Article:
The Man Who Planted Trees: Lost Groves, Champion Trees, and an Urgent Plan to Save the Planet.
Article Type: Book review
Subject: Books (Book reviews)
Author: Porter, Pamela J.
Pub Date: 08/01/2012
Publication: Name: The American Biology Teacher Publisher: National Association of Biology Teachers Audience: Academic; Professional Format: Magazine/Journal Subject: Biological sciences; Education Copyright: COPYRIGHT 2012 National Association of Biology Teachers ISSN: 0002-7685
Issue: Date: August, 2012 Source Volume: 74 Source Issue: 6
Topic: NamedWork: The Man Who Planted Trees: Lost Groves, Champion Trees, and an Urgent Plan to Save the Planet (Nonfiction work)
Persons: Reviewee: Robbins, Jim
Accession Number: 298172408
Full Text: The Man Who Planted Trees: Lost Groves, Champion Trees, and an Urgent Plan to Save the Planet. By Jim Robbins. 2012. Spiegel & Grau. (ISBN 9781400069064). 240 pp. Hardback, $25.00 e-Book, $12.99.

"Planting trees may be the single most important ecotechnology that we have to put the broken pieces of our planet back together." With this statement, Jim Robbins explains his purpose in writing this book--to describe the important role that forests play in maintaining and enhancing the biosphere. He does a good job of explaining carbon sequestration and removal of air and water pollutants. He introduces the idea of forest migration as movement primarily north, but does not focus on global warming as the only cause. There is an excellent example of a positive feedback loop using a dying forest that contributes to a warming climate because the trees no longer capture carbon dioxide from the atmosphere.

Woven throughout the book is the unique story of David Milarch. In 1987, while going through alcohol withdrawal, Milarch says he died and went to heaven, where he was given a task to complete by "light beings" that spoke to him. He returned as a man driven with purpose: to clone the "champion" of every tree species in the country. A champion tree is the one tree of each species with the highest combined score of height, crown size, and diameter at breast height. The assumption is that champion trees are genetically superior and cloning them will increase the genetic fitness of future forests. As Milarch says, "This stump is back from the dead, same as I am. We're both playing the same role. It's a resurrection. This is where we ask the world to help heal itself." Jim Robbins hopes for a future world where appropriate forest infrastructure is considered when building any new development and believes that "David Milarch, with the help of the Archangel Ancient Tree Archive, is well under way on his quixotic campaign to protect the genetics of the old-growth trees and to create supergroves that will perpetuate the genetics around the world."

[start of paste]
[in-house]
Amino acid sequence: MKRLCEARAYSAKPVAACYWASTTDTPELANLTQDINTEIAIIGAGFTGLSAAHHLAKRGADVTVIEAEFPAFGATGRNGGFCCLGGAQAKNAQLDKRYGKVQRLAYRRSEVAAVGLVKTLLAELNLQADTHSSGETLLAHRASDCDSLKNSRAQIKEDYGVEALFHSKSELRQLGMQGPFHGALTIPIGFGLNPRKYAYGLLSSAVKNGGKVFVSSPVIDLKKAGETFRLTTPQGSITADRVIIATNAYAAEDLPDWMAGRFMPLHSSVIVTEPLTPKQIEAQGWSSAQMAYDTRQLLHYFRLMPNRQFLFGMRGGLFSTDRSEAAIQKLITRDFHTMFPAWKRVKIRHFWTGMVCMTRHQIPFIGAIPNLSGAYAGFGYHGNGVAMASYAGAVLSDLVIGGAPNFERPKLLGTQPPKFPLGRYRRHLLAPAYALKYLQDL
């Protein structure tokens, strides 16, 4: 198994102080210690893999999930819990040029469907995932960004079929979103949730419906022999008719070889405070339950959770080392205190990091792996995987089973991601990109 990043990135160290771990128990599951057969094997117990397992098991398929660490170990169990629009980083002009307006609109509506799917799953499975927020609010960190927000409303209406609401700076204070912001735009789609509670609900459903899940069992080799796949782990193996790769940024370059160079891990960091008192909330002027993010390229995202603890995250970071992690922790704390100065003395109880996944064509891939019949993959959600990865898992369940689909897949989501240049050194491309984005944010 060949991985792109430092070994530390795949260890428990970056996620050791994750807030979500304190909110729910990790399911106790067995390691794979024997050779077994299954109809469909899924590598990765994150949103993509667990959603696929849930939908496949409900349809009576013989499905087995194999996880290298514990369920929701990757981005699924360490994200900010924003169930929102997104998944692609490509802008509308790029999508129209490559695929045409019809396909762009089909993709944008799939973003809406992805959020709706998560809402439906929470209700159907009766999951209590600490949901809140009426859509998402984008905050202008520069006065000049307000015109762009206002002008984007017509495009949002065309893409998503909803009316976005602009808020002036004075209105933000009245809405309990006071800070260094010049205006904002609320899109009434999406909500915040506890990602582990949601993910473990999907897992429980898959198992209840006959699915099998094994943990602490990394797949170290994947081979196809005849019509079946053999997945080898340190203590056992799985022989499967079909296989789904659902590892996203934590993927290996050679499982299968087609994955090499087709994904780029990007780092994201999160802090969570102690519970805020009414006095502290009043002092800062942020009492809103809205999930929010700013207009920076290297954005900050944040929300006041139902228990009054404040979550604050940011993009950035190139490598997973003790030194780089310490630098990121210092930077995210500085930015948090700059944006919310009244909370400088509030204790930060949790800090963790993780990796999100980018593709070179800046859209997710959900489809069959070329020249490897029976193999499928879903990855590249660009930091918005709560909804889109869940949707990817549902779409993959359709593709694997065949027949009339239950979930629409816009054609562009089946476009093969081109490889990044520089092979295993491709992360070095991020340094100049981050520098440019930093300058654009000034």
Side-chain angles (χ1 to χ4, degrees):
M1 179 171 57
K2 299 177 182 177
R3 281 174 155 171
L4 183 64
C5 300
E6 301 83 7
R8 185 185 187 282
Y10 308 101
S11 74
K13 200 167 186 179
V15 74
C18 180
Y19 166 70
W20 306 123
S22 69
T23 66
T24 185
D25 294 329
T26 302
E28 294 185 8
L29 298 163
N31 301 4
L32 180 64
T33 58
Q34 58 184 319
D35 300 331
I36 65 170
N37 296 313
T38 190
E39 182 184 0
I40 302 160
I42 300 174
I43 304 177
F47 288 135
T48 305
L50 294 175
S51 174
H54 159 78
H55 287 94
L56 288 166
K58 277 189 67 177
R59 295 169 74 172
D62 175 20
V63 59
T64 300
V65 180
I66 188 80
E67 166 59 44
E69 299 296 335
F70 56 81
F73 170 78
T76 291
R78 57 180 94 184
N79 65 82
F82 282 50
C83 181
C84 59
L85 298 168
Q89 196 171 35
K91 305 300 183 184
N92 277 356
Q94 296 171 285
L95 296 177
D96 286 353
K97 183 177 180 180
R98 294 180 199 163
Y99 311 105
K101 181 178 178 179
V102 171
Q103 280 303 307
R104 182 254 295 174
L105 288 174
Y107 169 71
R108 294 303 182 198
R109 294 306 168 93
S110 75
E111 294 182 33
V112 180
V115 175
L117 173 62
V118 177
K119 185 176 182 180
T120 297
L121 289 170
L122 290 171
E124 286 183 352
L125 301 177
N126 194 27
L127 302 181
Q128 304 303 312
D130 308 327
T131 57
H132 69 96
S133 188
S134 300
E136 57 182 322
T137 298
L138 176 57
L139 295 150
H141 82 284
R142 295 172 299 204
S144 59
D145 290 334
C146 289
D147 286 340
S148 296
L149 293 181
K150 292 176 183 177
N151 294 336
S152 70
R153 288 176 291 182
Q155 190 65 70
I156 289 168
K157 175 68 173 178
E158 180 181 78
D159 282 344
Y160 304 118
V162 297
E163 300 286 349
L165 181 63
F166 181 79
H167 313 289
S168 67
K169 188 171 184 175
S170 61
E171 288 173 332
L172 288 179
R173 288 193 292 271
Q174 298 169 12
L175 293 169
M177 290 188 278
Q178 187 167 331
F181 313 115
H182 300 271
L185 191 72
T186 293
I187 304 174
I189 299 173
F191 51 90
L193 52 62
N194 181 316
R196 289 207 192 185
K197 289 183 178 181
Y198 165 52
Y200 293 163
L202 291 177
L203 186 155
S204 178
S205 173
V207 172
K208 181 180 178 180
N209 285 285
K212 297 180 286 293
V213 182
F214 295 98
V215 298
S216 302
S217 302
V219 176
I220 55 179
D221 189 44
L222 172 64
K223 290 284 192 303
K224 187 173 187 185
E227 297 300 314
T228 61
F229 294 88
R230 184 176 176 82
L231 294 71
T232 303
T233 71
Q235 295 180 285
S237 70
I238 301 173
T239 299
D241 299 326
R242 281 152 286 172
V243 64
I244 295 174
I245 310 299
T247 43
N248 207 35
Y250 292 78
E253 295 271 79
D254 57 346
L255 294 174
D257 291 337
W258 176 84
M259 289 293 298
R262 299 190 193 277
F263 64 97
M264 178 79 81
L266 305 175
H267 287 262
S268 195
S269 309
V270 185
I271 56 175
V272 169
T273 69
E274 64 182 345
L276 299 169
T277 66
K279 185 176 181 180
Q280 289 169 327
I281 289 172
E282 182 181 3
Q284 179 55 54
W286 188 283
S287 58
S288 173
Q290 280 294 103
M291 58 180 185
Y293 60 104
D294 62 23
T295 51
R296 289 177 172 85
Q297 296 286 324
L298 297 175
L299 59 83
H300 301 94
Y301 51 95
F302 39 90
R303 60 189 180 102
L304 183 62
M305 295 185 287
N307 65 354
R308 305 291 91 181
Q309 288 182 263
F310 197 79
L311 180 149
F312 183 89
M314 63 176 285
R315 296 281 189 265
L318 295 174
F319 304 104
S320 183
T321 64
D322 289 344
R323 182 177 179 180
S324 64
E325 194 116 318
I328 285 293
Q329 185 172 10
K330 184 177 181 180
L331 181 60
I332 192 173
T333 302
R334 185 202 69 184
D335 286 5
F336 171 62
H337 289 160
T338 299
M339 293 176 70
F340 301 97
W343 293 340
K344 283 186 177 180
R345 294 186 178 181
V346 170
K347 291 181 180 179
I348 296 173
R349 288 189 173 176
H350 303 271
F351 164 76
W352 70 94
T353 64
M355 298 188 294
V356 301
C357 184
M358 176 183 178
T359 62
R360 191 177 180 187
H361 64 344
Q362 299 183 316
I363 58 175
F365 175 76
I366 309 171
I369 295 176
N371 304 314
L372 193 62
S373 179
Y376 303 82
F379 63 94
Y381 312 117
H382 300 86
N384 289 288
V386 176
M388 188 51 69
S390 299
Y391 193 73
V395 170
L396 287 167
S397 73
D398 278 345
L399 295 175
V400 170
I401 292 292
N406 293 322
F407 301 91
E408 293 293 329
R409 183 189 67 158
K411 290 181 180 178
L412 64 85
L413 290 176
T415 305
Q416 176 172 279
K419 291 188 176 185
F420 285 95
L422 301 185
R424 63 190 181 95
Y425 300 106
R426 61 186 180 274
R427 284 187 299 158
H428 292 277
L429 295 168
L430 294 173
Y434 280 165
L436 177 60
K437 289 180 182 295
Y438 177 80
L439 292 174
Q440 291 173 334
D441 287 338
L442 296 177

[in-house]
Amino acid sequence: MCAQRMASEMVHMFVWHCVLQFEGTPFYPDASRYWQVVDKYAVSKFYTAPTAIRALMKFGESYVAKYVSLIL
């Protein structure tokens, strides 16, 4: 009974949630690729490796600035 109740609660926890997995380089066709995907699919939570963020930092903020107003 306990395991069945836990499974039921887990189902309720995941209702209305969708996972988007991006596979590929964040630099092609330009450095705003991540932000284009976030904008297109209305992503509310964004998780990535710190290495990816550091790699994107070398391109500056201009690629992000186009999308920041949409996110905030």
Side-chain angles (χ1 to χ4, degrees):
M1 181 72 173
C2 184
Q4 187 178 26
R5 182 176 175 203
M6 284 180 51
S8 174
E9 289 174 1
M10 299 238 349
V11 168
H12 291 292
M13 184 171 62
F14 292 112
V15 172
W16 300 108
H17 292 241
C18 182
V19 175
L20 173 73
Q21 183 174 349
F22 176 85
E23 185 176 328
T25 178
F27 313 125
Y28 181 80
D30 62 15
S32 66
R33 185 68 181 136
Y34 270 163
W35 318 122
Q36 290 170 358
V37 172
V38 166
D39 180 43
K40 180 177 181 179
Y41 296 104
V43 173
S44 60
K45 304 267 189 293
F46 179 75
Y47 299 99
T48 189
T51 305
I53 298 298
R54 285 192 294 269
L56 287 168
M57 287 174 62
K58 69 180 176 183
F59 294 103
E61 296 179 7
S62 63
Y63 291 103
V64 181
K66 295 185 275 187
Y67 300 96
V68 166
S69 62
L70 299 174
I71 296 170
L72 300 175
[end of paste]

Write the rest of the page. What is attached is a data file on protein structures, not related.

Most chapters focus on the description of one tree species. The story of the 2,200 year-old Mother of the Forest giant sequoia tree that was stripped of all of its bark in 1854, killing the tree, and then reassembled for viewing by crowds in London and New York City, is presented as a sad moment in our history, but as a result, ecotourism to see the giant sequoias increased and the remaining trees were saved from being chopped down. There is a well-told story of the discovery of a deciduous redwood tree in China that was thought to be extinct. Dr. Ralph Chaney, paleobotanist at UC Berkeley, named it the "dawn redwood" and brought trees back to California in 1948. There are other powerful tree stories--the cloning of a 5000-year-old bristlecone, planting a Wye Oak clone at Mount Vernon on Arbor Day and planting red ash clones for a living memorial to victims of the 9/11 terrorist attacks at the Pentagon.

The Man Who Planted Trees is a quick, easy read and introduces the reader to many important ecological concepts--ecotechnology, carbon sequestration, cloning, biophilia, forest migration, and phytoremediation. The science is well explained and at a general science level. The only part I found difficult to read was the "Great Unknowns" chapter, which lacked data to support some of the cause-and-effect relationships that Robbins is trying to establish. A single study or anecdotal story is not enough.

This book could easily be used in a college-level course in biology or ecology. I am adding it to my reading list for high school AP biology students. One of the chapters on the redwoods would work well in a high school biology class to introduce the idea of biophilia or ecotechnology, and would stimulate some great discussions.

If you are interested in the human connection to nature, read Last Child in the Woods: Saving Our Children From Nature-Deficit Disorder by Richard Louv (2008). If you are interested in the history and climbing of the redwoods, try The Wild Trees: A Story of Passion and Daring by Richard Preston (2008). If you are interested in unique characters and their botanical obsessions, read The Orchid Thief: A True Story of Beauty and Obsession by Susan Orlean (2000).

Pamela J. Porter

Edison High School

Huntington Beach, CA 92649

pporter@hbuhsd.edu
Gale Copyright: Copyright 2012 Gale, Cengage Learning. All rights reserved.